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Malaysian firm eyes waste-to-energy PHL projects

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By Victor V. Saulon
Sub-Editor

A MALAYSIAN company has pledged to invest up to $2 billion to put up 12 waste-to-energy (WTE) facilities in the Philippines in partnership with Filipino company Integrated Green Technology, Inc. (IGT) and a French technology provider.

Michael C. Jimenez, chief executive officer and president of IGT, identified the Malaysian firm as PhilSar Renewable Energy Sdn Bhd. and the French group as CNIM Martin Pte Ltd. (CMPL), his partner in at least three WTE projects in the Philippines that have forged contracts with local government units in Pangasinan and Cebu.

“We’re excited about this,” he said in an interview after a conference on Friday to announce that company’s three WTE projects, two of which are in Cebu and one in Pangasinan.

The initial projects will cost about $230 million and will be funded by Allied Project Services Ltd. of London. The WTE projects earn from the fees collected from local government units, which have difficulty managing their waste disposal.

Mr. Jimenez said the projects in Cebu will be on Mactan island and on the main island itself, while another one in Cebu City is being finalized. Another project is also in the pipeline in Pangasinan.




Dolores S. Rivera, chief finance officer of PhilSar, said the partners will form a local company for the 12 projects, which are targeted for completion in about five years.

“[PhilSar] is investing $2 billion to fund the said projects,” she said on Friday.

“We’re going to enter into a memorandum of agreement and right after [that], we’re going to sit down with the foreign EPC (engineering, procurement and construction) contractors, then after that we’re going to enter into a joint venture,” she said in an interview.

She said the funds will be invested in 12 different cities in the Philippines for the construction of WTE facilities. She described PhilSar as owned by Filipinos and Malaysian-Chinese.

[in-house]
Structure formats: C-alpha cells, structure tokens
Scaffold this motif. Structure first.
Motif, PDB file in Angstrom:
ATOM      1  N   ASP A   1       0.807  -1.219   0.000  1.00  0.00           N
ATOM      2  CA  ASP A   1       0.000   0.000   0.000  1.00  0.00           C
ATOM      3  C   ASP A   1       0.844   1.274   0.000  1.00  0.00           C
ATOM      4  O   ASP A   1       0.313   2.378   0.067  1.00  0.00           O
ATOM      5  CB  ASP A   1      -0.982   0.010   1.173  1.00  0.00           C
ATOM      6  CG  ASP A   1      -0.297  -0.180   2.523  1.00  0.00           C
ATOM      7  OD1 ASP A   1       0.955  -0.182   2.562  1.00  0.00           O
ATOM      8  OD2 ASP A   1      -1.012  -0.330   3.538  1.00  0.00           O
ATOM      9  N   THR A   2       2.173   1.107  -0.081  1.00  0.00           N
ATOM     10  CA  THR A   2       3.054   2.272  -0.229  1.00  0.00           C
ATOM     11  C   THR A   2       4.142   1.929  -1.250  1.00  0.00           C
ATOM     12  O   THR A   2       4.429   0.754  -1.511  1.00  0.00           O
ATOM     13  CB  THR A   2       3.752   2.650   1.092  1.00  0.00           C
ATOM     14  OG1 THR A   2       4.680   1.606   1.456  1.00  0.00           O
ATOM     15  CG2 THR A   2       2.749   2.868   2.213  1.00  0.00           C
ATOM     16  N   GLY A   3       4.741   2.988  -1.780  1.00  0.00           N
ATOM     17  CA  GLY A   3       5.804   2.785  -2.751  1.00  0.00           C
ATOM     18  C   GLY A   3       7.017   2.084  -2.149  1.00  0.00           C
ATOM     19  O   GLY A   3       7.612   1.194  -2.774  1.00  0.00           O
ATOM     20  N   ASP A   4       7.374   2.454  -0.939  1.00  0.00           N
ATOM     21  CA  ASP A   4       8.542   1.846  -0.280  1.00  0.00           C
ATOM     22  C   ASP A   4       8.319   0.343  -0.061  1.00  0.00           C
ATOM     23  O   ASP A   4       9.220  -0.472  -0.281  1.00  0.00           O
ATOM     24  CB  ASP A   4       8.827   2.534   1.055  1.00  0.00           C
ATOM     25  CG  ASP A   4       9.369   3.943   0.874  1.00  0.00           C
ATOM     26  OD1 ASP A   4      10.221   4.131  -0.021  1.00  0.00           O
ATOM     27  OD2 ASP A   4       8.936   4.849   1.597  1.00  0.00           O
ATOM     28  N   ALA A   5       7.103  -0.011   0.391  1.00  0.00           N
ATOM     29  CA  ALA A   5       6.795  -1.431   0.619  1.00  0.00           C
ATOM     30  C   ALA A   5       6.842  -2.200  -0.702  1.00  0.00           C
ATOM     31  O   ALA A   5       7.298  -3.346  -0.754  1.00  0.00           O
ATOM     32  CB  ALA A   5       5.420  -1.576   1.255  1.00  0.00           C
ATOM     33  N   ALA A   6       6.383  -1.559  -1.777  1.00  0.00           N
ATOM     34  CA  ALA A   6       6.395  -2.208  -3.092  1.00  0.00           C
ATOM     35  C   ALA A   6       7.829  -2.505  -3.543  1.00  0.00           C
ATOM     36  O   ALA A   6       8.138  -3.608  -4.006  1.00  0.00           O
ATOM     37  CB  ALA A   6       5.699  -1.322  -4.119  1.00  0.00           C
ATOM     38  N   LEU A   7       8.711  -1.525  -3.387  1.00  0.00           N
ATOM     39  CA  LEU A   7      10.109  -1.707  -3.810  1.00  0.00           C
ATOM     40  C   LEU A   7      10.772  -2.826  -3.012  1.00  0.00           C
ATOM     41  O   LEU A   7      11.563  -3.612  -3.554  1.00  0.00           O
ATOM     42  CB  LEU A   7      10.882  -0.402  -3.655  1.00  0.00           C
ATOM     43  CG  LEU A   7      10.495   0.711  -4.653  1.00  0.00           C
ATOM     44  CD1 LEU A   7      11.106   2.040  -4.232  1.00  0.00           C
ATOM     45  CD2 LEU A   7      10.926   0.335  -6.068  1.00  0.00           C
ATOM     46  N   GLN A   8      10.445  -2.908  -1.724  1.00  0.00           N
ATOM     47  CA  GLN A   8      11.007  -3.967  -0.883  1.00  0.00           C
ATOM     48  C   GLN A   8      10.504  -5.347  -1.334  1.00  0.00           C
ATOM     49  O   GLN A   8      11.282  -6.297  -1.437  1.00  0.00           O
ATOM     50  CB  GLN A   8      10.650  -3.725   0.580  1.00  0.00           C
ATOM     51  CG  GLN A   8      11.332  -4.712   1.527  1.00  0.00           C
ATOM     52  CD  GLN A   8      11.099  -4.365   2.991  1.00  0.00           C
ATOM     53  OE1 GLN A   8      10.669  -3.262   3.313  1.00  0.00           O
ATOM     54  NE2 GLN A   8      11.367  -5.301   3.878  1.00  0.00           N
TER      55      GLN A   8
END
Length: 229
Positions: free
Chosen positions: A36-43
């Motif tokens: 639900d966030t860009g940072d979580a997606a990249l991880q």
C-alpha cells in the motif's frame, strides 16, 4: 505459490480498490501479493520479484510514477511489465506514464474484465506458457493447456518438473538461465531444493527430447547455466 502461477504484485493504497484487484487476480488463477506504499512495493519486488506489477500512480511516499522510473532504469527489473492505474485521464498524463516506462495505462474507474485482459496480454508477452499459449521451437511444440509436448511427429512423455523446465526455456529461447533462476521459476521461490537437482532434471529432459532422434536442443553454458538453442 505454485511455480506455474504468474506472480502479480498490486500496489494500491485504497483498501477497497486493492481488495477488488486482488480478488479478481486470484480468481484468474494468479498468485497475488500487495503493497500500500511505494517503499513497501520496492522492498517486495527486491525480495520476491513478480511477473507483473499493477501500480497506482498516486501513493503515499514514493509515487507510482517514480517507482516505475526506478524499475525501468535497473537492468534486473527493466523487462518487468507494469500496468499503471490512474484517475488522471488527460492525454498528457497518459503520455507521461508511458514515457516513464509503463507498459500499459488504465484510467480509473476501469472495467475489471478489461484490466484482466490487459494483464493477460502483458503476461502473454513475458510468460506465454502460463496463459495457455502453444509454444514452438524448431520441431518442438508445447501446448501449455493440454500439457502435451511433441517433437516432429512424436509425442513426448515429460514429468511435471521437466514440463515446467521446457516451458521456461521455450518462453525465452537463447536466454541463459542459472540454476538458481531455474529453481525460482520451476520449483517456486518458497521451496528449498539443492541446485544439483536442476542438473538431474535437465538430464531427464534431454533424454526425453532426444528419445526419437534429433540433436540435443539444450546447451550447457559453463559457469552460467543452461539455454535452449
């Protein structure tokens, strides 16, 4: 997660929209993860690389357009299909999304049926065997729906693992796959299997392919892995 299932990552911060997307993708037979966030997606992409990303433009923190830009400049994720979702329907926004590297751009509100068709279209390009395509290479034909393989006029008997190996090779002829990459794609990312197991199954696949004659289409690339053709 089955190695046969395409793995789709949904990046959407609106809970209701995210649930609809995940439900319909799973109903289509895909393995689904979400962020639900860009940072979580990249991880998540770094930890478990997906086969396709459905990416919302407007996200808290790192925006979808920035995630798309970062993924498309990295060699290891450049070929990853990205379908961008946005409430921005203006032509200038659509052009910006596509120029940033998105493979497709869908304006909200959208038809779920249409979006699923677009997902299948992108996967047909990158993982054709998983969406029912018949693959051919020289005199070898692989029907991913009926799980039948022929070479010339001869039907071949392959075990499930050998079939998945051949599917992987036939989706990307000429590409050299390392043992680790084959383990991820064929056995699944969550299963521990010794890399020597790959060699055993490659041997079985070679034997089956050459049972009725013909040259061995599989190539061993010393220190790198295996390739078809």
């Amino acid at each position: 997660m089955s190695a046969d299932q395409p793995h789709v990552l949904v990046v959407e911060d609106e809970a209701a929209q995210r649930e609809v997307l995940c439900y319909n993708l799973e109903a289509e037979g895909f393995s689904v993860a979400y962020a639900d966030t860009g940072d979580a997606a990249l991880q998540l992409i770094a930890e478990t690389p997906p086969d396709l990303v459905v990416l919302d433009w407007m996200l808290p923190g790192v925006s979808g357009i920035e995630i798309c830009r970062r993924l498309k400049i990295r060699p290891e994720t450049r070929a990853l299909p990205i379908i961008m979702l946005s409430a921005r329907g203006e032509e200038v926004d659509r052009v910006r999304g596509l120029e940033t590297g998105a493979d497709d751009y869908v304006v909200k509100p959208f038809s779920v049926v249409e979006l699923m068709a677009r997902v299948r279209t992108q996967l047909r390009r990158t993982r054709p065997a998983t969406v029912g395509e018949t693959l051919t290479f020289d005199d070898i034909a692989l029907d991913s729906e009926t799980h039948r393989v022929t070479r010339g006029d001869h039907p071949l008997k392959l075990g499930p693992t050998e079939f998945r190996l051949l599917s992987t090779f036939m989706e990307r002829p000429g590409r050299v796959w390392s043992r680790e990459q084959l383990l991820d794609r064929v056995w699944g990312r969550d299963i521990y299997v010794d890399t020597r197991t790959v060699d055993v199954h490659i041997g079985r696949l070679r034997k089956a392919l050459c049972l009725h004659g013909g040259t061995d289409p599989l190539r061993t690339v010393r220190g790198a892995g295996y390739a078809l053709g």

“We will be entrusting that to IGT,” she said when asked about the capacity of each facility. She estimated the power output of the 12 projects at 480 megawatts.

She said the joint venture partners will be participating in the ongoing projects of IGT in Cebu and Pangasinan, while a fourth one in Bulacan is set to follow after the acquisition of a property in San Jose Del Monte. Baguio is also a possible location for a WTE facility, she said.

“It depends on the trash, it depends on the hauling, it depends on the municipality waste kung gaano kadami,” she said. “Kung saan pinakamarami, doon pupunta.”

Asked about the timeline for completing the $2-billion WTE projects, she said: “I think about five, six [years].”

Denis Bauer, director and chief executive officer of CMPL, said what differentiates the French technology provider from other builders of WTE facilities is its paced approach in constructing its plants.

“Our approach is straightforward incineration,” he said. “With us, we take the waste, almost everything which has come, we can burn it.”

He said the business plan is more “compact” and requires a smaller loan than projects that include other segments such as waste recycling.

“So it’s much more simple. What we have decided with IGT is ‘let’s go first with waste-to-energy,’” he said, adding that the project will gain acceptance by showing that it works and is not polluting the environment.

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